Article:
C++/Functions and Recursion

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This lesson will have to do with using functions and recursion to improve readability and efficiency of your code. This lesson assumes you have a general grasp of C++ syntax. Other than that, I will explain everything as well as I can.

Functions[edit | edit source]

Simply put, a function is a segment of code that is isolated from the main code segment. A function is called from a section of code. When the function's code has been executed, it returns to the calling code. The general form of a function is:

return_type function_name ([arg1_type arg1_name, ...]) { code }

Here is an example of a function:

int addTwoInts(int arg1, int arg2) 
   int sum = arg1 + arg2;
   return sum;
  • The int at the beginning is the return type of the function.
  • addTwoInts is the function's identifier. It will be what is used to call the function.
  • int arg1 and int arg2 are called parameters. They are defined in the form <type> <identifier>. These will be explained later.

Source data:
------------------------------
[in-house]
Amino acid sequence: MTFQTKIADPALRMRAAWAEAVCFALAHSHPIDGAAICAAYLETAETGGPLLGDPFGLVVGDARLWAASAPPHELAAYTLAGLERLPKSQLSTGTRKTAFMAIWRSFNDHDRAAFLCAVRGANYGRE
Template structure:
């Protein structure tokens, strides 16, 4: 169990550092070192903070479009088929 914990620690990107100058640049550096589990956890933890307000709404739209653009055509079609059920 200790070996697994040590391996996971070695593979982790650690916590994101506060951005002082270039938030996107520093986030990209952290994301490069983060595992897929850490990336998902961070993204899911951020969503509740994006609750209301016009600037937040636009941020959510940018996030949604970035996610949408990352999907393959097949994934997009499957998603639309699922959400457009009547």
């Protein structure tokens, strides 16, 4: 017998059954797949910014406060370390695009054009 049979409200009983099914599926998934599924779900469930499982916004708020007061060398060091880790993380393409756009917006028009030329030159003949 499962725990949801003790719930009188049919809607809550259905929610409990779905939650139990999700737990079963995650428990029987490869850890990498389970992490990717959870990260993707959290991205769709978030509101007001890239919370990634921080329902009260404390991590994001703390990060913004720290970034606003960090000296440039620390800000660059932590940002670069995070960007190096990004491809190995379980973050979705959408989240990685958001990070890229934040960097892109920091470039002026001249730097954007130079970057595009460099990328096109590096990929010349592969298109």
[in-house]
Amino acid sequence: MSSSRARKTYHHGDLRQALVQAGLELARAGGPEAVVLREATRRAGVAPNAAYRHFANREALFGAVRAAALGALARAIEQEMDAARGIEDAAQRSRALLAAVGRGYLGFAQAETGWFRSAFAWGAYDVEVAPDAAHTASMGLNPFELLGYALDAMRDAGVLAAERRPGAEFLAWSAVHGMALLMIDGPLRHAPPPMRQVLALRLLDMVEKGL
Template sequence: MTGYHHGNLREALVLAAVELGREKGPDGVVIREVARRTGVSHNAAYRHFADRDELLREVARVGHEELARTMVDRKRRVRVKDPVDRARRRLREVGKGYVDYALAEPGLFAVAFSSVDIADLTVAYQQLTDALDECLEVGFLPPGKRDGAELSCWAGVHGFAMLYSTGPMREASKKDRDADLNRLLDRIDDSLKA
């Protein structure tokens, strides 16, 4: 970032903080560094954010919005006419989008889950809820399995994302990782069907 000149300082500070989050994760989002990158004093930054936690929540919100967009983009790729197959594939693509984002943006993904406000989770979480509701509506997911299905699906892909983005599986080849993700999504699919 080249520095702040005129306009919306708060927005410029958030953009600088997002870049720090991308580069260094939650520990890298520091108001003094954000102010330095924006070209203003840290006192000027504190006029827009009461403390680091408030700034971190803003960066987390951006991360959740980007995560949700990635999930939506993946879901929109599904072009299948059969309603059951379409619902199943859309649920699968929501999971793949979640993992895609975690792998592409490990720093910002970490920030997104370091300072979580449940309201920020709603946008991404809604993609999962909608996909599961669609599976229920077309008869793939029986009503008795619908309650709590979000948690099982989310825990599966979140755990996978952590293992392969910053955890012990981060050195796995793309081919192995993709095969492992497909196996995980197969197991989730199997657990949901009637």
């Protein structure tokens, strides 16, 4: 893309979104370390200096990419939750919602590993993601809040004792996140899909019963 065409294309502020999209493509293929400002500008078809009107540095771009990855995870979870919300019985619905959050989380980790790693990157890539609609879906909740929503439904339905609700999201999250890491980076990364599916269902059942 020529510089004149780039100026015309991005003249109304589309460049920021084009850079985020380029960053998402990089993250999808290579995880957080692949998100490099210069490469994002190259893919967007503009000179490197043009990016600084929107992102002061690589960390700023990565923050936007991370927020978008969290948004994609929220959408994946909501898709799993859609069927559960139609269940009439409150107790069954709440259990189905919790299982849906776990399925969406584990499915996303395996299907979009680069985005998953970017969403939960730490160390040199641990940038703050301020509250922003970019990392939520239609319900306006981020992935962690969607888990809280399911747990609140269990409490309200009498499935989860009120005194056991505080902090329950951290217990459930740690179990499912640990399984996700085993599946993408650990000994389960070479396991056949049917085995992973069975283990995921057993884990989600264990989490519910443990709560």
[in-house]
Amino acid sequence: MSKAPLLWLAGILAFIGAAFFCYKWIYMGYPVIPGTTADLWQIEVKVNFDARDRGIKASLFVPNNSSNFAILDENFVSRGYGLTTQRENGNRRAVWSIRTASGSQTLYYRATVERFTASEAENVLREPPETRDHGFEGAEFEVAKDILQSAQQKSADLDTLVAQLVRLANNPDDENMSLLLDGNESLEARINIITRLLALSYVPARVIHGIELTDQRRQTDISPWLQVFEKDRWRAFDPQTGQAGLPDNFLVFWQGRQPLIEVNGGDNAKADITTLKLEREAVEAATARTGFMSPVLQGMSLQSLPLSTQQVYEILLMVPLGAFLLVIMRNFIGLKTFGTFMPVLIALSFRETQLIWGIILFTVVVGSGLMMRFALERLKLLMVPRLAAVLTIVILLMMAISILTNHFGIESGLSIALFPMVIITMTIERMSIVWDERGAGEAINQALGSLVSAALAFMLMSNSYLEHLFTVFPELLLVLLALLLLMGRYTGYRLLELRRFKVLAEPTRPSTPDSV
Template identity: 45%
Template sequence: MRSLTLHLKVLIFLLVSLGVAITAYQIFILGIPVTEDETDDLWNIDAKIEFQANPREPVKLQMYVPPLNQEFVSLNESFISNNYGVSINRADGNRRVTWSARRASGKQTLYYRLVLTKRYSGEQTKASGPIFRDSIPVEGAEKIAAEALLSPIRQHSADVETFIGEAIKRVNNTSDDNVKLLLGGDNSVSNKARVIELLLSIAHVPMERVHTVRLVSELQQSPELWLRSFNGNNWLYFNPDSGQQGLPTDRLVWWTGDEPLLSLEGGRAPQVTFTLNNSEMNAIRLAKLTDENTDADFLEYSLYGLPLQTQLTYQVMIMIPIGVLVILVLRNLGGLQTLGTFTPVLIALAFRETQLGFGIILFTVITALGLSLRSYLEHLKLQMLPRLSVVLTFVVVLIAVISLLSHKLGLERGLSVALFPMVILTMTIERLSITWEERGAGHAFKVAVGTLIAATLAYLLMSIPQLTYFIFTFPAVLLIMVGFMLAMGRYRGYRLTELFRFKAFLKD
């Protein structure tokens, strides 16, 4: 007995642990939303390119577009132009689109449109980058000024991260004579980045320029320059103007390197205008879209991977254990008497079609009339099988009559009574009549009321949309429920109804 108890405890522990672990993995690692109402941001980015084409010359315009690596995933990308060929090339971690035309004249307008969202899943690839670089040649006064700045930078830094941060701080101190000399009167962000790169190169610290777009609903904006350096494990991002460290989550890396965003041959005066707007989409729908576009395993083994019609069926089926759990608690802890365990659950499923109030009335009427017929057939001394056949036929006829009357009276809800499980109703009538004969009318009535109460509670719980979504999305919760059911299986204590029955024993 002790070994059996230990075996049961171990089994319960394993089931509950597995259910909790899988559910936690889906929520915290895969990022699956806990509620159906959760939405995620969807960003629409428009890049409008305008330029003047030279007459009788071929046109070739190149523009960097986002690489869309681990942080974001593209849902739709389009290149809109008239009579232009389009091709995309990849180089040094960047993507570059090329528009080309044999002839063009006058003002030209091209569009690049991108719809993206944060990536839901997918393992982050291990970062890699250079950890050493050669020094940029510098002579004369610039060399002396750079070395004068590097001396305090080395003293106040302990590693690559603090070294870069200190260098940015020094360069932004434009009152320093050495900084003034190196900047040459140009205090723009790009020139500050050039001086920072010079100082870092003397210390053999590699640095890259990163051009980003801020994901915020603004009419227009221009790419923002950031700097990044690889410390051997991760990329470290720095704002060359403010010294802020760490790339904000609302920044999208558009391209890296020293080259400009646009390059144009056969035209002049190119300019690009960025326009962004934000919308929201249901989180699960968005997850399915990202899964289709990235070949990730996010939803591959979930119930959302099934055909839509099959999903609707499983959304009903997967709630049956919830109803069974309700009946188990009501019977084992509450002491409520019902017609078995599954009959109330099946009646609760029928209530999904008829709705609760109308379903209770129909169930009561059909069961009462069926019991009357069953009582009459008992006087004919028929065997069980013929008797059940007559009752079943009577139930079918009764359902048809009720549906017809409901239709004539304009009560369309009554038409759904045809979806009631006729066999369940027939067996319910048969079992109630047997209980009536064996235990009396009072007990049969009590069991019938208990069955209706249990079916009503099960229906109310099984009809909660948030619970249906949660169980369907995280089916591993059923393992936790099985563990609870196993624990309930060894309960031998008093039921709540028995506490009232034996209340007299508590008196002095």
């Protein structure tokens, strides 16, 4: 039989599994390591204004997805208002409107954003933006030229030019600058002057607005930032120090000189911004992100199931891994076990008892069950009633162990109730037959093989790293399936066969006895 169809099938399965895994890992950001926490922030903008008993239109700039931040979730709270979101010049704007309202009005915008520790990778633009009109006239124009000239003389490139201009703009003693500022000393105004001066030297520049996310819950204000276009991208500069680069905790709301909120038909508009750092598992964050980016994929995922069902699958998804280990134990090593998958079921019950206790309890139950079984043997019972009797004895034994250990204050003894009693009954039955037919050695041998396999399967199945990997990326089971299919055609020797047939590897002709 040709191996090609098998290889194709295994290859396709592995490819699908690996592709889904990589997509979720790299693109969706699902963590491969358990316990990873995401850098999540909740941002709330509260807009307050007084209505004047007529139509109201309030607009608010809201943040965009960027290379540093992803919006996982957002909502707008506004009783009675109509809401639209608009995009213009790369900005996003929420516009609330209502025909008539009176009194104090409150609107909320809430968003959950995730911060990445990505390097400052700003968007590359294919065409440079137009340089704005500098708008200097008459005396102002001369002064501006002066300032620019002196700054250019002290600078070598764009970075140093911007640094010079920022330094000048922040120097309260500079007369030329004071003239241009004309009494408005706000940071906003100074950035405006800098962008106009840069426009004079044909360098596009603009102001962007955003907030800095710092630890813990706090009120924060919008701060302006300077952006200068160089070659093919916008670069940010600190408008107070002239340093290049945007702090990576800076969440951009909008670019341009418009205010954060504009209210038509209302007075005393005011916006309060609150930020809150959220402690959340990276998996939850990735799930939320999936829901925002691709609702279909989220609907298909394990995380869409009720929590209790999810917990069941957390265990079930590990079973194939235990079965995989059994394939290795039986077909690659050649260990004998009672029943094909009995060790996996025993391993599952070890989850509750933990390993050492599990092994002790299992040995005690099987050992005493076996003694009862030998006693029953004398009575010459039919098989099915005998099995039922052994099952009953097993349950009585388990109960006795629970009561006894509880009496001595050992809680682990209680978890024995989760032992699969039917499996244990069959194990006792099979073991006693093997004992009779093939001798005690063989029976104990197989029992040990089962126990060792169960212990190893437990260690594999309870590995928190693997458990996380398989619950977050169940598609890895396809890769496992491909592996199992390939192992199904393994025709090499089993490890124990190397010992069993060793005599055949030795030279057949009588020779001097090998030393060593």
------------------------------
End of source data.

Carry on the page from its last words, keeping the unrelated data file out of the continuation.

• The code for the function is enclosed in a set of curly brackets { }.
  • Every function with a return type other than void must have a return statement. This is the data that the function will be sending back to the calling code.

Many conventions exist governing the form of functions in C++. Generally, whatever form is most readable to you is the one you should use. For example, some coders will leave the opening { on the same line as the function definition while others will give it its own line. Also, some coders would name the above function add_two_ints. This is mostly personal preference.

The main Function[edit | edit source]

The main function is a special function. Every C++ program must contain a function named "main". It serves as the entry point for the program. The computer will start running the code from the beginning of the main function. There are two main types of main functions; one with and one without parameters. Below are examples of both:

// Without Parameters
int main()
// With Parameters
int main(int argc, char * const argv[])

The reason for having the parameter option for the main function is to allow input from the command line. When you use the main function with parameters, it saves every group of characters (separated by a space) after the program name as elements in an array named argv. The array datatype may be beyond you at the moment, but don't fret. In time you will learn of it. Here is an example of a command line statement with a program that uses a main function that accepts arguments.

C:\> program.exe text 234